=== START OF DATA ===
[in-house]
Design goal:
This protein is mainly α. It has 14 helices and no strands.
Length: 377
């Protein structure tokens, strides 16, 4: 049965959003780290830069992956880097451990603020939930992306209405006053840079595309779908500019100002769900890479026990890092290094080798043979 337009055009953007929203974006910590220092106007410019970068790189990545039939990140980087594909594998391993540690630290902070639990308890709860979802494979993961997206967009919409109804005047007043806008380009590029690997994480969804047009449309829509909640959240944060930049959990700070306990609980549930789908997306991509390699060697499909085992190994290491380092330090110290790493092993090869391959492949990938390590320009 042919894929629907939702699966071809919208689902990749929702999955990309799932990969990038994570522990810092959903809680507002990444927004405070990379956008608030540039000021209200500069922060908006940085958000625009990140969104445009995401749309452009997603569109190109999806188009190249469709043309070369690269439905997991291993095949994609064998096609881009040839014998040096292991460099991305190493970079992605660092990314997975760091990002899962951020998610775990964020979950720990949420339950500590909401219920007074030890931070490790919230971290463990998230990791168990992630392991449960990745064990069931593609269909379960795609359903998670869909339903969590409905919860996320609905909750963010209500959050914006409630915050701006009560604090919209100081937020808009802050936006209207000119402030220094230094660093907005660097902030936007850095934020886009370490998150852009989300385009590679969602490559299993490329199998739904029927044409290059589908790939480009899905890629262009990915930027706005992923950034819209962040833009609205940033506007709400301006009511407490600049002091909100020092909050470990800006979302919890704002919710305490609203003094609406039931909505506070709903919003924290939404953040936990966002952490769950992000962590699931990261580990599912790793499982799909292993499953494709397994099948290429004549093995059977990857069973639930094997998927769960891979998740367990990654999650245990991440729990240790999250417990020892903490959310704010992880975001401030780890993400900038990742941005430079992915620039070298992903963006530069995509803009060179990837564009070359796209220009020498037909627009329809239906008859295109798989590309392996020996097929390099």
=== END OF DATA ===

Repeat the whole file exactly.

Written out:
[in-house]
Design goal:
This protein is mainly α. It has 14 helices and no strands.
Length: 377
């Protein structure tokens, strides 16, 4: 049965959003780290830069992956880097451990603020939930992306209405006053840079595309779908500019100002769900890479026990890092290094080798043979 337009055009953007929203974006910590220092106007410019970068790189990545039939990140980087594909594998391993540690630290902070639990308890709860979802494979993961997206967009919409109804005047007043806008380009590029690997994480969804047009449309829509909640959240944060930049959990700070306990609980549930789908997306991509390699060697499909085992190994290491380092330090110290790493092993090869391959492949990938390590320009 042919894929629907939702699966071809919208689902990749929702999955990309799932990969990038994570522990810092959903809680507002990444927004405070990379956008608030540039000021209200500069922060908006940085958000625009990140969104445009995401749309452009997603569109190109999806188009190249469709043309070369690269439905997991291993095949994609064998096609881009040839014998040096292991460099991305190493970079992605660092990314997975760091990002899962951020998610775990964020979950720990949420339950500590909401219920007074030890931070490790919230971290463990998230990791168990992630392991449960990745064990069931593609269909379960795609359903998670869909339903969590409905919860996320609905909750963010209500959050914006409630915050701006009560604090919209100081937020808009802050936006209207000119402030220094230094660093907005660097902030936007850095934020886009370490998150852009989300385009590679969602490559299993490329199998739904029927044409290059589908790939480009899905890629262009990915930027706005992923950034819209962040833009609205940033506007709400301006009511407490600049002091909100020092909050470990800006979302919890704002919710305490609203003094609406039931909505506070709903919003924290939404953040936990966002952490769950992000962590699931990261580990599912790793499982799909292993499953494709397994099948290429004549093995059977990857069973639930094997998927769960891979998740367990990654999650245990991440729990240790999250417990020892903490959310704010992880975001401030780890993400900038990742941005430079992915620039070298992903963006530069995509803009060179990837564009070359796209220009020498037909627009329809239906008859295109798989590309392996020996097929390099």